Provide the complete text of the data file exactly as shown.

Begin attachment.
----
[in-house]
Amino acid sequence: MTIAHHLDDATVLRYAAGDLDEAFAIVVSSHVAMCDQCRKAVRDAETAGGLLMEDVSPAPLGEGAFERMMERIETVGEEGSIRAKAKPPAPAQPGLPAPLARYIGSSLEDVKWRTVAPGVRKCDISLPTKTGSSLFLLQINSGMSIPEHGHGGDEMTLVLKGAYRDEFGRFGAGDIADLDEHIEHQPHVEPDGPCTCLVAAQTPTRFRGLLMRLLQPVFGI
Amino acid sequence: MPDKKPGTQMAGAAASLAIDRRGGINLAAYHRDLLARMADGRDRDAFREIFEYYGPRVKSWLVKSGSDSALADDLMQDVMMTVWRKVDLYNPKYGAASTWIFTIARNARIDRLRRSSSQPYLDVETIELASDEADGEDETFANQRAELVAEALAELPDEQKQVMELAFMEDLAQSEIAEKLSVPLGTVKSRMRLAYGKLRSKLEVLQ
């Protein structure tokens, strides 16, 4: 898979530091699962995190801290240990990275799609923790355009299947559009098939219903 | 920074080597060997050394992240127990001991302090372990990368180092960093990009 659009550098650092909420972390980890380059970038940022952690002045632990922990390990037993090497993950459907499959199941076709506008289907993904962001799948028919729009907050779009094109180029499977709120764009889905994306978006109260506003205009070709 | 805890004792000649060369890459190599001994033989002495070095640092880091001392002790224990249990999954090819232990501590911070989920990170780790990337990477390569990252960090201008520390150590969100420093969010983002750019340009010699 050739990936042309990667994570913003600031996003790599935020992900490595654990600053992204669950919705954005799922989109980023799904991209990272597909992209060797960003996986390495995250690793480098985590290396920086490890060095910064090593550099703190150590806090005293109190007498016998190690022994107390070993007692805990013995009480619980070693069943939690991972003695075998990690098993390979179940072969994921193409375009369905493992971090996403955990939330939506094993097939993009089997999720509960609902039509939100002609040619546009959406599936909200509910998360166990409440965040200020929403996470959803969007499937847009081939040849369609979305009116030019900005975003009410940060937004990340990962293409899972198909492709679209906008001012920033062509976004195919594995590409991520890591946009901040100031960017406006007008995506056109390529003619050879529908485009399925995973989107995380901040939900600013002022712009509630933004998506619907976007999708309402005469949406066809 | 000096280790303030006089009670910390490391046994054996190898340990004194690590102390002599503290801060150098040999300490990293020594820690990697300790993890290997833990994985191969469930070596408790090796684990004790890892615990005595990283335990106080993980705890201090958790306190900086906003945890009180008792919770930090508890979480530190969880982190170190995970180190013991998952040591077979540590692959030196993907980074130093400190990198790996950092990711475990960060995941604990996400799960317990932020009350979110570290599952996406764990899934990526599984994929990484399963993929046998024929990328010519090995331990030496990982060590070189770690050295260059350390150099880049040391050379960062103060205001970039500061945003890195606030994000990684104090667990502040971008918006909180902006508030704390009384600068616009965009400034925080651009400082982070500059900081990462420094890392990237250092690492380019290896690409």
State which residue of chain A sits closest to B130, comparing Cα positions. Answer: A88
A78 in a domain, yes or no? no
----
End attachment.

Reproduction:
[in-house]
Amino acid sequence: MTIAHHLDDATVLRYAAGDLDEAFAIVVSSHVAMCDQCRKAVRDAETAGGLLMEDVSPAPLGEGAFERMMERIETVGEEGSIRAKAKPPAPAQPGLPAPLARYIGSSLEDVKWRTVAPGVRKCDISLPTKTGSSLFLLQINSGMSIPEHGHGGDEMTLVLKGAYRDEFGRFGAGDIADLDEHIEHQPHVEPDGPCTCLVAAQTPTRFRGLLMRLLQPVFGI
Amino acid sequence: MPDKKPGTQMAGAAASLAIDRRGGINLAAYHRDLLARMADGRDRDAFREIFEYYGPRVKSWLVKSGSDSALADDLMQDVMMTVWRKVDLYNPKYGAASTWIFTIARNARIDRLRRSSSQPYLDVETIELASDEADGEDETFANQRAELVAEALAELPDEQKQVMELAFMEDLAQSEIAEKLSVPLGTVKSRMRLAYGKLRSKLEVLQ
């Protein structure tokens, strides 16, 4: 898979530091699962995190801290240990990275799609923790355009299947559009098939219903 | 920074080597060997050394992240127990001991302090372990990368180092960093990009 659009550098650092909420972390980890380059970038940022952690002045632990922990390990037993090497993950459907499959199941076709506008289907993904962001799948028919729009907050779009094109180029499977709120764009889905994306978006109260506003205009070709 | 805890004792000649060369890459190599001994033989002495070095640092880091001392002790224990249990999954090819232990501590911070989920990170780790990337990477390569990252960090201008520390150590969100420093969010983002750019340009010699 050739990936042309990667994570913003600031996003790599935020992900490595654990600053992204669950919705954005799922989109980023799904991209990272597909992209060797960003996986390495995250690793480098985590290396920086490890060095910064090593550099703190150590806090005293109190007498016998190690022994107390070993007692805990013995009480619980070693069943939690991972003695075998990690098993390979179940072969994921193409375009369905493992971090996403955990939330939506094993097939993009089997999720509960609902039509939100002609040619546009959406599936909200509910998360166990409440965040200020929403996470959803969007499937847009081939040849369609979305009116030019900005975003009410940060937004990340990962293409899972198909492709679209906008001012920033062509976004195919594995590409991520890591946009901040100031960017406006007008995506056109390529003619050879529908485009399925995973989107995380901040939900600013002022712009509630933004998506619907976007999708309402005469949406066809 | 000096280790303030006089009670910390490391046994054996190898340990004194690590102390002599503290801060150098040999300490990293020594820690990697300790993890290997833990994985191969469930070596408790090796684990004790890892615990005595990283335990106080993980705890201090958790306190900086906003945890009180008792919770930090508890979480530190969880982190170190995970180190013991998952040591077979540590692959030196993907980074130093400190990198790996950092990711475990960060995941604990996400799960317990932020009350979110570290599952996406764990899934990526599984994929990484399963993929046998024929990328010519090995331990030496990982060590070189770690050295260059350390150099880049040391050379960062103060205001970039500061945003890195606030994000990684104090667990502040971008918006909180902006508030704390009384600068616009965009400034925080651009400082982070500059900081990462420094890392990237250092690492380019290896690409």
State which residue of chain A sits closest to B130, comparing Cα positions. Answer: A88
A78 in a domain, yes or no? no